While children are understandably captivated by the silliness of it all, it is the engagement of adults that is to be celebrated and marveled at. Among the Tuma, their dinosaurs started out small. They got into the children’s cereal box and messed up the dining table. Within days, however, they had broken eggs open, played in flour, and wrapped themselves in all the toilet paper available. The storylines have gotten a lot more elaborate now, with board games, duct tape, spray paint on the living room walls.

Dinosaurs play Scrabble
(Chryselle D Silva Dias)

In my house, our dinosaurs look pretty innocent, but in November you can’t predict what they’ll do. One year they had a mega-battle with the Transformers. Plastic forks, spoons and straws designed for effective weapons. Another time we caught T-Rex trying to eat the Lego. We regularly find Stegosaurus and Diplodocus in the fridge (and once in the freezer, all frozen, playing Titanic). Last year they dared to sneak into our room while we were sleeping and used my eyeliner to make black whiskers on my face. You can imagine my shock (and everyone’s mirth) when I woke up.

It’s not easy for parents to keep track of dinosaurs and their nonsense to see if they are repeating their shenanigans. Photos help. Lists too. The Dinovembre Facebook community is a constant source of inspiration and last-minute advice. In November, parents all over the world pray that their children fall asleep on time so dinosaurs can do their jobs. The Law of Sod guarantees that this will not happen, however. Tired parents are known to fall asleep before the dinosaurs wake up, resulting in jamming at midnight or before dawn.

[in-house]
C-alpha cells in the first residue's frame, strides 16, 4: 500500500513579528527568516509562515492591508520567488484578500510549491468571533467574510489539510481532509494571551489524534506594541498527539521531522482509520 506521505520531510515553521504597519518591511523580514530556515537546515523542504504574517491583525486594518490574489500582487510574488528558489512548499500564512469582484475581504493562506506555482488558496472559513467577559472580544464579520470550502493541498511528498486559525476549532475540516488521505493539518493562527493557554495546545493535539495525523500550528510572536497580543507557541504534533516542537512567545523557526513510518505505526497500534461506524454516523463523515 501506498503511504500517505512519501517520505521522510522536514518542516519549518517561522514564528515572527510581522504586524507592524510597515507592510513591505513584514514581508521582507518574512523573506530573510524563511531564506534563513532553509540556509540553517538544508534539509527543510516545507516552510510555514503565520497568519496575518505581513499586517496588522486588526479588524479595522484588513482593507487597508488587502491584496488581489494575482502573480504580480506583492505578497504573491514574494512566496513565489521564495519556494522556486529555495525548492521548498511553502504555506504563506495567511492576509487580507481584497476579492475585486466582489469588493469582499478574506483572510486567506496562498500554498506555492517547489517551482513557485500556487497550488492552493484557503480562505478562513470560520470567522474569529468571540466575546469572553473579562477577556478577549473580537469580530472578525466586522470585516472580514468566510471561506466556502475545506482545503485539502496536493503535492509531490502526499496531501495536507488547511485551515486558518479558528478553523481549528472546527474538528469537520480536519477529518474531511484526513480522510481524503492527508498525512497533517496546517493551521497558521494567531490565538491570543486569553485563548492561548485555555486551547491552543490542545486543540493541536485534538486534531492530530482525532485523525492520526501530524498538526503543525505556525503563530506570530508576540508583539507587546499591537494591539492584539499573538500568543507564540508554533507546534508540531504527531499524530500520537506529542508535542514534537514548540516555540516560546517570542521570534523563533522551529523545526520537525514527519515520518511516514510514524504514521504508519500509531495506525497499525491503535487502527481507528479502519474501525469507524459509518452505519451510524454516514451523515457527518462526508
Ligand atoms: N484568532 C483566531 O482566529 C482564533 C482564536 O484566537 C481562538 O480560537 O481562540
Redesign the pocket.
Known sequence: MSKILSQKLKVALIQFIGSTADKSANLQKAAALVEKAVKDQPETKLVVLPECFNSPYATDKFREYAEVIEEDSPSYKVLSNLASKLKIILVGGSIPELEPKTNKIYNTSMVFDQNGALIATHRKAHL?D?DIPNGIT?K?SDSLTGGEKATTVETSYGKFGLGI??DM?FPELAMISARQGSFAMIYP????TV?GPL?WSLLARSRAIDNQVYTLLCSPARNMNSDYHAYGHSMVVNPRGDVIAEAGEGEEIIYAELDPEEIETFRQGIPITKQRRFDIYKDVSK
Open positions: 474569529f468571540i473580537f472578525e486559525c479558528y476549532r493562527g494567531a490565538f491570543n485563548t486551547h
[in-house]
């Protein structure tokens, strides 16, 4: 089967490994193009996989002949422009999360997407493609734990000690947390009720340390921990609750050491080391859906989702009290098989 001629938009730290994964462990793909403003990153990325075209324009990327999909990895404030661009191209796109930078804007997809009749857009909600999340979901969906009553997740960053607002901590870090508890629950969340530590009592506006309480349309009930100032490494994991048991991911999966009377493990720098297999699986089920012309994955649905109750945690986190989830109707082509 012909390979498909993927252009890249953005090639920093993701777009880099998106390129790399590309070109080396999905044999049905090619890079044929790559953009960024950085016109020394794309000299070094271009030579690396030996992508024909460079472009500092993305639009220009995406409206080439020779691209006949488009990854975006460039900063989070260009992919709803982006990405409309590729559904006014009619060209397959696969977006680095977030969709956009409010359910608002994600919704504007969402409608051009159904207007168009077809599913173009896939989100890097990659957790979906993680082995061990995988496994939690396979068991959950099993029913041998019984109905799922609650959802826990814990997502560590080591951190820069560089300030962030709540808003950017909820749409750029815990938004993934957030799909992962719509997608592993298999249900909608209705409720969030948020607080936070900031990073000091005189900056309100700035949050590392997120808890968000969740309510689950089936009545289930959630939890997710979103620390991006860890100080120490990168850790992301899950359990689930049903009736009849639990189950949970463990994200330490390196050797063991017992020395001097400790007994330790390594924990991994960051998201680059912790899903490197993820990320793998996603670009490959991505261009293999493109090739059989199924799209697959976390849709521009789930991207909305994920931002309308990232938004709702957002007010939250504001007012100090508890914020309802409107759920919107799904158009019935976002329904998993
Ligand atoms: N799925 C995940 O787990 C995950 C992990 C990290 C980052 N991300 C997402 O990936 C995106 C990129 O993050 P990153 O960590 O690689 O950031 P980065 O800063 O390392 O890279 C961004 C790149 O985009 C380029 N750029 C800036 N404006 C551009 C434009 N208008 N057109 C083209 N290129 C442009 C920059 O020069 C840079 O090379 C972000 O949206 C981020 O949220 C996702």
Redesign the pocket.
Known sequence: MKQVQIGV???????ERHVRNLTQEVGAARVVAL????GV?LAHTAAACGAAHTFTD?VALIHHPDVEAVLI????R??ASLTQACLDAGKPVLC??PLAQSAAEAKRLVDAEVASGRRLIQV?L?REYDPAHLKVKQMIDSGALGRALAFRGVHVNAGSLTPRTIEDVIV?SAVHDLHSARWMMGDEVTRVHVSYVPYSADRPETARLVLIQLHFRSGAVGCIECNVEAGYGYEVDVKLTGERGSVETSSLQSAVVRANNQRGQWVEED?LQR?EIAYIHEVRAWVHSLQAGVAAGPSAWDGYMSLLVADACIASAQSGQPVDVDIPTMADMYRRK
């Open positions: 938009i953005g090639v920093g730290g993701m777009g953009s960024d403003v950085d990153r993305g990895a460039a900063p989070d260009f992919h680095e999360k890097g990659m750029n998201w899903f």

Refe and Susan Tuma probably never imagined how much of a viral sensation their dinosaur antics would become. The month of November is now “celebrated” around the world, in homes, schools, museums and hospitals. Many libraries in the United States run month-long dinosaur programs with story time, books on dinosaurs and other extinct creatures, and discussions on climate change. The Tumas have also written three companion books that are fun and full of this aforementioned wonder. The latest ‘What the Dinosaurs Did the Night Before Christmas’ is now in stores. It’s hard not to get carried away by the charm of it all.